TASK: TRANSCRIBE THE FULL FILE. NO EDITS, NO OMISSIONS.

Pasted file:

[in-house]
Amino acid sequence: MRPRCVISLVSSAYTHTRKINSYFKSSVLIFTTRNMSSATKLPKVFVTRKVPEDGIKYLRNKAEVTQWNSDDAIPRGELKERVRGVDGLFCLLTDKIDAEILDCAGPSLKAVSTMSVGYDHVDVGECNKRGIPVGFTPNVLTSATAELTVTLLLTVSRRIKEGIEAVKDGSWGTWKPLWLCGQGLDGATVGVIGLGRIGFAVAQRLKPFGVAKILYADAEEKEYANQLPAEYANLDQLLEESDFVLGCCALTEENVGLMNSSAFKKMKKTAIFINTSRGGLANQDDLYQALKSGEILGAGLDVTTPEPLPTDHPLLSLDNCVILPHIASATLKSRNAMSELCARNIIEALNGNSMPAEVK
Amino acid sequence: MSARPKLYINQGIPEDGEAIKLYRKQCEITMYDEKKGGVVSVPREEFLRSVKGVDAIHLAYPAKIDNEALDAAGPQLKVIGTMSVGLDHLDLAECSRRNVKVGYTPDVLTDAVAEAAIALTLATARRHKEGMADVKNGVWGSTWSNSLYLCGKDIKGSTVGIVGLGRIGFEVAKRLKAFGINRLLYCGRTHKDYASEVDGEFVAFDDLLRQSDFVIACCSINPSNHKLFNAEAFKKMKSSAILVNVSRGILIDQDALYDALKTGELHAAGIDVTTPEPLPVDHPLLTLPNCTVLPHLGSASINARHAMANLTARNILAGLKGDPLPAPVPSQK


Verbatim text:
[in-house]
Amino acid sequence: MRPRCVISLVSSAYTHTRKINSYFKSSVLIFTTRNMSSATKLPKVFVTRKVPEDGIKYLRNKAEVTQWNSDDAIPRGELKERVRGVDGLFCLLTDKIDAEILDCAGPSLKAVSTMSVGYDHVDVGECNKRGIPVGFTPNVLTSATAELTVTLLLTVSRRIKEGIEAVKDGSWGTWKPLWLCGQGLDGATVGVIGLGRIGFAVAQRLKPFGVAKILYADAEEKEYANQLPAEYANLDQLLEESDFVLGCCALTEENVGLMNSSAFKKMKKTAIFINTSRGGLANQDDLYQALKSGEILGAGLDVTTPEPLPTDHPLLSLDNCVILPHIASATLKSRNAMSELCARNIIEALNGNSMPAEVK
Amino acid sequence: MSARPKLYINQGIPEDGEAIKLYRKQCEITMYDEKKGGVVSVPREEFLRSVKGVDAIHLAYPAKIDNEALDAAGPQLKVIGTMSVGLDHLDLAECSRRNVKVGYTPDVLTDAVAEAAIALTLATARRHKEGMADVKNGVWGSTWSNSLYLCGKDIKGSTVGIVGLGRIGFEVAKRLKAFGINRLLYCGRTHKDYASEVDGEFVAFDDLLRQSDFVIACCSINPSNHKLFNAEAFKKMKSSAILVNVSRGILIDQDALYDALKTGELHAAGIDVTTPEPLPVDHPLLTLPNCTVLPHLGSASINARHAMANLTARNILAGLKGDPLPAPVPSQK